Ryanair faces legal action after the UK's aviation regulator has found it's been wrongly rejecting flight delay and cancellation claims.

Under EU rules, passengers who are delayed by at least three hours or whose flights are cancelled can, in certain circumstances, claim up to €600 (about £420) per person, unless the delay is outside of the airline's control. Check our Flight Delays Compensation guide to see if you're eligible to claim.

But the Civil Aviation Authority (CAA) says it's "not satisfied" Ryanair is paying compensation for claims for disruption caused by routine technical faults, despite the Court of Appeal (Jet2 v Huzar), and only yesterday, the European Court of Justice (van der Lans v KLM) clarifying that airlines must do so.

The regulator has also found Ryanair guilty of wrongly attempting to impose a contractual two-year time limit from the date of the flight, for passengers to issue compensation claims at court – this is despite it previously publicly committing to a six year time limit, and in spite the Court of Appeal (Dawson v Thomson) ruling that passengers should have up to six years to take a claim to court.

The CAA will now consult with the budget airline and could ask it to sign a legally binding document agreeing to comply with the law. It's not clear how long this process will take, but the CAA says it hopes the issues will be resolved as soon as possible.

If Ryanair doesn't agree to change, the CAA can take it to court, where if it still refuses to follow the law, it can be fined an unlimited amount.

In the meantime, passengers can continue to submit claims as normal. See our Flight Delays Compensation guide to see if you're due up to £440 per person, and help on how to claim including our free online complaints tool.

Martin Lewis
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'The law is clear'

Andrew Haines, chief executive of the CAA, says: "The law is clear that compensation must be paid if a flight is delayed for more than three hours by a routine technical fault. It is also clear that air passengers have up to six years to issue a compensation claim at court. This position was reaffirmed by the Court of Appeal last year.

"The CAA is committed to protecting the rights of air passengers and we are determined to ensure all airlines comply with this regulation. That is why we are announcing this latest action against Ryanair today as our recent work has shown it is not complying with this consumer law."

Ryanair faces legal action for wrongly rejecting flight delay claims
Ryanair faces legal action for wrongly rejecting flight delay claims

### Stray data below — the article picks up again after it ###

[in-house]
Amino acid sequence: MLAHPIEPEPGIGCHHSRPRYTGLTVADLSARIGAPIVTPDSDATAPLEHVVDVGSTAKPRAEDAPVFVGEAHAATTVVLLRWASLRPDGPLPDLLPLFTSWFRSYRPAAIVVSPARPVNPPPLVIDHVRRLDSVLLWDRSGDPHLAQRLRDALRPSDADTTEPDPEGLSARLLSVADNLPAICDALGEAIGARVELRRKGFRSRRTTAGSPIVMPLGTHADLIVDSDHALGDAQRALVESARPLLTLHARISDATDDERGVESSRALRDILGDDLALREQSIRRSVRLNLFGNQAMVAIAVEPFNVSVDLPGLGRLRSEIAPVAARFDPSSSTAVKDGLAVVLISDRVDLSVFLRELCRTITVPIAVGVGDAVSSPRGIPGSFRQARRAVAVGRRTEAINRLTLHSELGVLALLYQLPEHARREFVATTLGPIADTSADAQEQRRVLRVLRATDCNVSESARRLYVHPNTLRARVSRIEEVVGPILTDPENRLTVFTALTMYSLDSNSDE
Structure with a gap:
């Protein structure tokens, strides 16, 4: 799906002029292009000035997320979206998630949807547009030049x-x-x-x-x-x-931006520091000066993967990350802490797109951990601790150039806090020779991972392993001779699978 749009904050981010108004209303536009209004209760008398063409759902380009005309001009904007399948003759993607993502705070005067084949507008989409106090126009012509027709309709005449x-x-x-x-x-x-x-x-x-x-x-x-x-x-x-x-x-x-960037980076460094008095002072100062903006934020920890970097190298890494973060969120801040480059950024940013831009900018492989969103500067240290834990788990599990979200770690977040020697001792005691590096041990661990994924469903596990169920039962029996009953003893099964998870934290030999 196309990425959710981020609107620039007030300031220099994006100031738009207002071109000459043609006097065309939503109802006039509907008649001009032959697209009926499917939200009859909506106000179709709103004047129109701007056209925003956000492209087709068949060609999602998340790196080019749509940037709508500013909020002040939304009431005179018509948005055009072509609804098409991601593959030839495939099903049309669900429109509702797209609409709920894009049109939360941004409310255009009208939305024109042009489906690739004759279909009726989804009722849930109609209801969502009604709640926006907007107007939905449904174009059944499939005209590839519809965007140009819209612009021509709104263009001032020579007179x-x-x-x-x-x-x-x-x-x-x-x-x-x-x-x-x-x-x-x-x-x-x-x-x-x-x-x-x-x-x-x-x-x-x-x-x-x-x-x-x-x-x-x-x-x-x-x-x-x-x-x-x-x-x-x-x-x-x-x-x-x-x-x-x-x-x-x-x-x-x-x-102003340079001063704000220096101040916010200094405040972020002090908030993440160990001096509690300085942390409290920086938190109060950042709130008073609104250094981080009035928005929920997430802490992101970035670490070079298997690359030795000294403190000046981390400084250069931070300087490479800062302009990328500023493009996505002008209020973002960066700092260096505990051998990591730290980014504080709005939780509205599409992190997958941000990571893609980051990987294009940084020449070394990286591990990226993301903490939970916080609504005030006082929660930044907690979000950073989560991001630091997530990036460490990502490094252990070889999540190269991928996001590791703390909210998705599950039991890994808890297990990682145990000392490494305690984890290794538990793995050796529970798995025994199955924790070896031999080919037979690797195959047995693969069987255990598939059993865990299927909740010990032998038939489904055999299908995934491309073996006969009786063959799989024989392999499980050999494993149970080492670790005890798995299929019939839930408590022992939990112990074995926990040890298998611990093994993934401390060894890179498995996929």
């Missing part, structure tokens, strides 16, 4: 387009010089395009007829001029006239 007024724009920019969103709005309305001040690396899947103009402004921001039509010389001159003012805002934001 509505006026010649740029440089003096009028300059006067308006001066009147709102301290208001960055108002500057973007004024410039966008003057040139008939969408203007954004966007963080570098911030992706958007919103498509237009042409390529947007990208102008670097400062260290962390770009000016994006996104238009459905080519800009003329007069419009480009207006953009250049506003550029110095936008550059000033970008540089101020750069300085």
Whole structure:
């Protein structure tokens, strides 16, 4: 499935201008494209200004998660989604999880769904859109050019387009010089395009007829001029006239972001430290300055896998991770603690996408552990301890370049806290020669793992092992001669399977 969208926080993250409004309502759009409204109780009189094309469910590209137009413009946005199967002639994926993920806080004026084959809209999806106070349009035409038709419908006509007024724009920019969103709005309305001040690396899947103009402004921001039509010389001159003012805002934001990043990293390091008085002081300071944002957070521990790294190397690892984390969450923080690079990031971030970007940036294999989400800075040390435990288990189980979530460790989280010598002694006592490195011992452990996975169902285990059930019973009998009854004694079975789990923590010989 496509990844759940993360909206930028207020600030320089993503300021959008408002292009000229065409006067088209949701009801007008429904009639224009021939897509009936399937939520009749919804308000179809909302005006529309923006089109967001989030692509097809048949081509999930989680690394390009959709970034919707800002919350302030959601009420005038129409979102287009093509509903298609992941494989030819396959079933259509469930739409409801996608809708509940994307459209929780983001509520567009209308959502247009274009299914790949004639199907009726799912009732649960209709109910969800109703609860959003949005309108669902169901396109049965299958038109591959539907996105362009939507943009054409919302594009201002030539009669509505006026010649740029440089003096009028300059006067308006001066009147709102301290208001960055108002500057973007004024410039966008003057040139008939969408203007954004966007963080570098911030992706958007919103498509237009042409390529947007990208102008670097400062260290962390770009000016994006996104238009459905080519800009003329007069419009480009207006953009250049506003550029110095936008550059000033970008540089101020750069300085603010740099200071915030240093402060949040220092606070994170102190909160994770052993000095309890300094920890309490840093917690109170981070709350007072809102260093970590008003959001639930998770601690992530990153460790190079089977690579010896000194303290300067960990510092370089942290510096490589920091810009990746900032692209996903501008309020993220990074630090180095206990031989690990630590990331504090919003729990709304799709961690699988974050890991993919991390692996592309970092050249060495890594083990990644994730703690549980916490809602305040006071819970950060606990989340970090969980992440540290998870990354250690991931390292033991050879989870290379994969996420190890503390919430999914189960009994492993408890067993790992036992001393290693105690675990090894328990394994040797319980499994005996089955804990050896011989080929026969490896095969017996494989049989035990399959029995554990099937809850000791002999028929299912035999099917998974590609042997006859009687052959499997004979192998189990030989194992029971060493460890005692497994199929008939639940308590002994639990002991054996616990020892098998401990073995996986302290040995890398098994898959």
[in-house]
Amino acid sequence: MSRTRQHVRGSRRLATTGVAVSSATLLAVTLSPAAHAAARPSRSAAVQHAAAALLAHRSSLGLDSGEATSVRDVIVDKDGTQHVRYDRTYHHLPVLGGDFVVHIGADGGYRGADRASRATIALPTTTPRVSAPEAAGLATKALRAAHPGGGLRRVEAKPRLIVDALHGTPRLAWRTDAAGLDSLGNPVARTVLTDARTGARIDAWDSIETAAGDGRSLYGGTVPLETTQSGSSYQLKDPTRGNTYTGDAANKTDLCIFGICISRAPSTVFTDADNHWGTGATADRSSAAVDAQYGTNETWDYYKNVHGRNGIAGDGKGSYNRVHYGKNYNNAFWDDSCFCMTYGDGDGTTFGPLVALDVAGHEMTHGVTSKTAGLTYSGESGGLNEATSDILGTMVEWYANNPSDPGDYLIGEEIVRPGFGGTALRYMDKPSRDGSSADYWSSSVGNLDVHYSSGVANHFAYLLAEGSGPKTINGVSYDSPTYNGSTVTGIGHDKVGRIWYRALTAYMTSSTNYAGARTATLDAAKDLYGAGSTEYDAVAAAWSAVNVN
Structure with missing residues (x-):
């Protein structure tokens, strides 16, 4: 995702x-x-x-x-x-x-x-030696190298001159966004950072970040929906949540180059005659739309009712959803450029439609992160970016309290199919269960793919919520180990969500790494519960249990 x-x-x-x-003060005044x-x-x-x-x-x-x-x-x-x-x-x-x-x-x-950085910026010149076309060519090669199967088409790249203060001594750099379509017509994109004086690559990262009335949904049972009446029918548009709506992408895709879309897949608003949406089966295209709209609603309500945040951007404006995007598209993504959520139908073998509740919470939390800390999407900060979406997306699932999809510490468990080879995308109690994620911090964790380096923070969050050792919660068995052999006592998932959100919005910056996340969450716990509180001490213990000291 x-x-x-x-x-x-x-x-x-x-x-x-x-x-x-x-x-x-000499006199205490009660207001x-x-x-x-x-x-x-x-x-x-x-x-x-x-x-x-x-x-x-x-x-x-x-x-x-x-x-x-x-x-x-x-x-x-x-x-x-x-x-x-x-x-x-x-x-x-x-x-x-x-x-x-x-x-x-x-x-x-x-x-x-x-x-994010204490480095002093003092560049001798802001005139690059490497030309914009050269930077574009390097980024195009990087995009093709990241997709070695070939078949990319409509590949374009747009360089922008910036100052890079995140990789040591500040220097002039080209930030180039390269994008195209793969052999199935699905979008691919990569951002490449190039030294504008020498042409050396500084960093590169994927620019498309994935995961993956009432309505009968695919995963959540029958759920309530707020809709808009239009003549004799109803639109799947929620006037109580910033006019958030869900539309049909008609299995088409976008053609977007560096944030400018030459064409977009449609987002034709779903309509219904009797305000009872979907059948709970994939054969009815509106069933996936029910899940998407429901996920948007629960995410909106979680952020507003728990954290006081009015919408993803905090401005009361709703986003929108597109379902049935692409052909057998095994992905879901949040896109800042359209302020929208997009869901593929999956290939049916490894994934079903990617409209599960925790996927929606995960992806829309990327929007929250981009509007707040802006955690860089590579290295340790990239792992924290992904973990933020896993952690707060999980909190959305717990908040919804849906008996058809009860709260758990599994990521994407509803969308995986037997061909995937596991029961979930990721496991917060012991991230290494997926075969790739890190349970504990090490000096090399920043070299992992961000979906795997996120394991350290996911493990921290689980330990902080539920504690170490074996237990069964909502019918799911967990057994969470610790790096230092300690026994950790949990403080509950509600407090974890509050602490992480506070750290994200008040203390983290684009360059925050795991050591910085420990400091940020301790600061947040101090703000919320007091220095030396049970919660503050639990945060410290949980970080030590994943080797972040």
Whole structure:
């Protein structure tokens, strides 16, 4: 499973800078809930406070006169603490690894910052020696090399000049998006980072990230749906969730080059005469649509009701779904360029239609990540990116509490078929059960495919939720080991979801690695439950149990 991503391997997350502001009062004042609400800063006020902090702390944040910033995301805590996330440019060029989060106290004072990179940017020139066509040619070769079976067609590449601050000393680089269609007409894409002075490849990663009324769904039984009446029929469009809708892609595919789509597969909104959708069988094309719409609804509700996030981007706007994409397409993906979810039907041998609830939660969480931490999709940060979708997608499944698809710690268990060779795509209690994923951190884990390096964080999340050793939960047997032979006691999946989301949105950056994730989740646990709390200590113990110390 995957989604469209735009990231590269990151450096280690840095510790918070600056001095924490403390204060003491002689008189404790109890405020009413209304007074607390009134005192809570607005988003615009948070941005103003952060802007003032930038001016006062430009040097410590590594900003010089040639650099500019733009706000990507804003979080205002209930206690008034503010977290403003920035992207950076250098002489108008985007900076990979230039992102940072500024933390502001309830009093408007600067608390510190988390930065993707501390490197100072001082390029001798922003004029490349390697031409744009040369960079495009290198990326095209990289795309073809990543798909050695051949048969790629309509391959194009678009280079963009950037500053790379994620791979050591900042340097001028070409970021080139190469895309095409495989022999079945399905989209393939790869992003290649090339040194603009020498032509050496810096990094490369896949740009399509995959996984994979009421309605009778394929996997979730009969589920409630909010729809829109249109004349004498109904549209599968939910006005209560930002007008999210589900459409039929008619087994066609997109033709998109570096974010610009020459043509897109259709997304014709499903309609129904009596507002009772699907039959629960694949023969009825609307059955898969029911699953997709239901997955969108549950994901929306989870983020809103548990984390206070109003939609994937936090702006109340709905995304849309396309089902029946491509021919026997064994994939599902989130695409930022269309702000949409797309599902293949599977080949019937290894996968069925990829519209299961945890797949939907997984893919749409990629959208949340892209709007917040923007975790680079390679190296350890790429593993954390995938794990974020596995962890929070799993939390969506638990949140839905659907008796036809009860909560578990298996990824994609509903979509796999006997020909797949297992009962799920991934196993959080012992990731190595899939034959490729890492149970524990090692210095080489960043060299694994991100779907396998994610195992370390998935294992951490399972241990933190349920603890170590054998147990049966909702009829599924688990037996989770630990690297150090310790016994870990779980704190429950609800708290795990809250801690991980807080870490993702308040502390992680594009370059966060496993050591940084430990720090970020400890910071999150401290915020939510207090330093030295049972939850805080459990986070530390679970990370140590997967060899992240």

Is the CAA investigating other airlines too?

Earlier this year the CAA conducted a six month review into the 15 airlines operating in the UK with the highest passenger figures, which covers over 80% of the UK's aviation market.

As a result, the CAA took action against three airlines:

  • Jet2 signed a legally binding document agreeing not to reject compensation claims for disruption caused by technical faults, and agreeing not to impose a two year time limit on claims. It also agreed to proactively give passengers information on their rights during disruption.

  • Wizz Air agreed not to reject compensation claims for disruption caused by technical faults, but according to the CAA it refused to look into compensation claims about flights that took place over two years ago. The CAA referred this issue to the Hungarian Authority for Consumer Protection (HACP), which it says has agreed to take on the case.

  • Aer Lingus signed a legally binding document agreeing to proactively give passengers information on their rights during disruption.

Ryanair was part of the original review and told the CAA at the time that it was dealing with claims in line with the law. However, a further review by the CAA revealed that Ryanair wasn't fully complying with the rules.

The CAA is also undergoing a review into the 16 airlines operating in the UK with the next highest passenger figures, after which, in total it will have looked at 90% of the UK's aviation market. The findings of this second review are expected to be published later this year.

What does Ryanair say?

Ryanair's director of customer service Fiona Kearns says: "Ryanair fully complies with EU 261 regulations which is a fundamental part of our customer charter and our "Always Getting Better" programme.

"Ryanair has requested an early meeting with the CAA to clarify any misunderstandings that may have arisen in dealing with some historic cases."

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